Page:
Had video games been invented prior to books, he postulates the bemoaning of kids being lost in the new-fangled, utterly passive, totally isolating medium of print and losing the speed, memory and awareness that video games produced in the earlier generations.  Several universities have created new departments of gaming since video games involve so many disciplines: computer science, psychology, English or other language, visual and audio arts.

Thursday, December 17, 2009

Ever wish bad times would recur?

Ever wish bad times would recur?  When I behave poorly in some way and realize a way to practice being better, it comes to me that I won't get the chance to be better until the stressful situation or challenge again arises.  I am afraid that by then I will have forgotten my resolve or my good idea on how to do better.  So, think "Durn it!  I wish I would knock over a water glass at the table again so I could remind myself not to use that language." 

I don't purposely recommit an error or make a mess just to practice handling the situation better.  But it is a sour fact that I will have to wait until an accident happens again to practice being my improved self.  Who knows when I will get another chance?  The length of time will be random.  The event will come upon me without warning and it may be a long time before it does. 

I have had this realization ever since it came to me the first time, when I was in about the fourth grade.  It is similar to the research problem of studying a rare disease.  You don't want to make the disease more common but its rarity makes researching it difficult.  You can try to simulate the problem in a computer.  You can try hypnotic suggestion to increase the chance of recognizing the next occurrence as soon as it happens and remembering to use the strategy or keep the vow you want to apply right away, too.

Wednesday, December 16, 2009

Choose life

In Deuteronomy 30:19, God says we can choose life or death but advises that we choose life.  There is the famous Hebrew toast "L'Chaim!" to life and its riches.  However, if we are better off choosing life, I wonder why the Almighty gave us a choice.  Why not just set us on the path of life with no chance of deviating or going astray?

I know that the subject of god is related to infinities and the limits of our understanding, not to mention memory, patience, emotionality/arousal, and many other aspects of being human.  Still I wonder why we might be designed so that we are capable of going astray.

The subject of human perfectibility is a difficult one that stretches way back in philosophy.  If we tamper with our DNA and our medical procedures, aren't we fooling with nature?  Do we have the right to do that?  Do we really have the power to do that successfully without making our lives worse?  Is it arrogance to try to improve our lives?  Is such an attempt trepassing where we have no business going?  Personally, I don't think trying to be better is messing with God's plan but I can see that humans do make poor and even nasty and despicable choices at times.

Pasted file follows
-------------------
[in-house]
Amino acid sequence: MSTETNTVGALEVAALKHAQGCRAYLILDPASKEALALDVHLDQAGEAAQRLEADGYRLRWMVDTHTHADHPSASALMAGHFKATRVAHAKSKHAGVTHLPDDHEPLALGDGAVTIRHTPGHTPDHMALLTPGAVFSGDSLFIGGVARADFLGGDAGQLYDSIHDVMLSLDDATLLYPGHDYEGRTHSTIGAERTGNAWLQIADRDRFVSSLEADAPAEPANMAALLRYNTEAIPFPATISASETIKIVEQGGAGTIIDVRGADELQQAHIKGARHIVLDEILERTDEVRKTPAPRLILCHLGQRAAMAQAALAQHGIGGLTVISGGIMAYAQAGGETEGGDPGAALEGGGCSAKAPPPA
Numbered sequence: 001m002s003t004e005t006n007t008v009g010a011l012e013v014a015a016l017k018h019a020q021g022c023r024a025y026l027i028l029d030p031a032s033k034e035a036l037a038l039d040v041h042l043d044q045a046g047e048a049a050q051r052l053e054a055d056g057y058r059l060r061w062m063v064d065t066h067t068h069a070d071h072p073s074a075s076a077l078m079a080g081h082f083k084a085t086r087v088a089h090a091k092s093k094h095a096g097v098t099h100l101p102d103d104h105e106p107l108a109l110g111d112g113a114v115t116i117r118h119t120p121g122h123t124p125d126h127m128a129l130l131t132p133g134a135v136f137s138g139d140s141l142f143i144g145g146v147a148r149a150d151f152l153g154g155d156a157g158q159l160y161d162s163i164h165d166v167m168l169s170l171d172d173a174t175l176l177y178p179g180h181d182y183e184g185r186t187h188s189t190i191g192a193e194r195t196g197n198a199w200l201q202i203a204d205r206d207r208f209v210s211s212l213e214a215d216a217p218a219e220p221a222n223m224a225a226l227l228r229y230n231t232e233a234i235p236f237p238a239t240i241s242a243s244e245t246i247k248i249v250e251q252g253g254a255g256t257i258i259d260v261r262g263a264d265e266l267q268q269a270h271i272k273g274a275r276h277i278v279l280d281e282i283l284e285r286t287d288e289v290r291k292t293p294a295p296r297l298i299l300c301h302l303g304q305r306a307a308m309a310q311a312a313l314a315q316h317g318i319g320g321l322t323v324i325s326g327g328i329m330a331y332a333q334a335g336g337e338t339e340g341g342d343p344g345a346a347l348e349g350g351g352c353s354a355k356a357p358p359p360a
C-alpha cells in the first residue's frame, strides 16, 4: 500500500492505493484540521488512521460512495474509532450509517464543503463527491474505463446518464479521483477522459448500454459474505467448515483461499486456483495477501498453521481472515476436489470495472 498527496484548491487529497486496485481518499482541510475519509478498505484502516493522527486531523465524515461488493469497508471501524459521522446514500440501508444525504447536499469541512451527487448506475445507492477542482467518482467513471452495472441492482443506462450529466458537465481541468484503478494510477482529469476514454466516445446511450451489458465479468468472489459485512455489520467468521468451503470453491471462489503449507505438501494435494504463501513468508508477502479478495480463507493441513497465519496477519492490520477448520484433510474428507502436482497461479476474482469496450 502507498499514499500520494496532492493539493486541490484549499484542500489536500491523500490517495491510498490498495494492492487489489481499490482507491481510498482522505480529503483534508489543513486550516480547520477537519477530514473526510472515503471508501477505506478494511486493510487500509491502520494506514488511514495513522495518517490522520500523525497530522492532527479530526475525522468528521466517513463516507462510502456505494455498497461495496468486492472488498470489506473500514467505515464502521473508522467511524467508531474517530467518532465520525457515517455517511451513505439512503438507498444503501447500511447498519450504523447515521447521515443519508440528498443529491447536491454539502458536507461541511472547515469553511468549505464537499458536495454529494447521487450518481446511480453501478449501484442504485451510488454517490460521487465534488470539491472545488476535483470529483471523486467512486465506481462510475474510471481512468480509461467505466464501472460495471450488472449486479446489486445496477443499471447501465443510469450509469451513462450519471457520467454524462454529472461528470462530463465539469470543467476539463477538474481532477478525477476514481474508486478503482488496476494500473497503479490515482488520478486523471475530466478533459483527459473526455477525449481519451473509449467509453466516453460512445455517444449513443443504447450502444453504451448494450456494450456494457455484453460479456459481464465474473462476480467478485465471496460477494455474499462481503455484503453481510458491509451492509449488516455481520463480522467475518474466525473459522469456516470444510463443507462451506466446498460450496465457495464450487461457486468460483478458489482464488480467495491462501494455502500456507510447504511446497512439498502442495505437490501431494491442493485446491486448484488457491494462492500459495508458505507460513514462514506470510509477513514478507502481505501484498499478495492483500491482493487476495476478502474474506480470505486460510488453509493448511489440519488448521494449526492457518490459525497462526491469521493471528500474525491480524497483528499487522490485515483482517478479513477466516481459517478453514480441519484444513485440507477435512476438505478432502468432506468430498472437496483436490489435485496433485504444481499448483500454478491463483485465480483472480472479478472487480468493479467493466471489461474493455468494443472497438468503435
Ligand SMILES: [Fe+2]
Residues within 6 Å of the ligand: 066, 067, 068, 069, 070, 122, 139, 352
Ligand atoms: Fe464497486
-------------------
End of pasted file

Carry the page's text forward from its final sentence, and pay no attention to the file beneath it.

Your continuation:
The author Dorothy Sayers wrote some mystery stories, including those features the hero Lord Peter Wimsey.  At one point in her life, she felt she had some insight into what being God must be like.  She thought her experience creating characters and shaping their lives must be a little like being the Creator.  She wrote "The Mind of the Maker" about her ideas.

There are times with our great grandchildren that remind me of the offer God made.  We can choose what we want but he recommends choosing life.  Similarly, we can offer a child American cheese or brie.  We might recommend the brie as the better choice in the long run and we might hope that the child's palate and maturity will lead to better things, not worse ones.  Maybe we need an ability to make a choice throughout our lives and that ability is fundamental to being able to live.  Still, we can make better choices and worse ones.

Tuesday, December 15, 2009

Disliking ads but not my favorite products

I was appalled to learn that my university gets more than a million emails a month and that more than 80% of it is spam.  Not the canned meat, of course, but "unwanted" email.  That seems like a big waste since I doubt if anybody at all makes worthwhile money from it. 

I talked with a student once and told her that she could submit work by email.  She got a downcast look and I asked what the problem was.  She got tears in her eyes and said she couldn't use email.  I thought she was one of those
rare students we get sometimes, who really did not know how to use a computer.  Sometimes, a person just never had a chance, especially in those days.  No, she knew how but her mail box was too much for her.  That very day, she had laboriously deleted 400 emails from her account but during the time she was doing that, 600 new ones came in.  I sent her to our campus help desk for assistance.

I just read the Wikipedia article on spam and it said that about 200 spammers in the world sent most of the bulk mailings.  I have heard that before and didn't like the thought of renegade spoilers causing the rest of world problems.  I still don't and I think careful investigations can distinguish criminal spammers from others.  Still, it is surprising how much one person's spam is another person's find.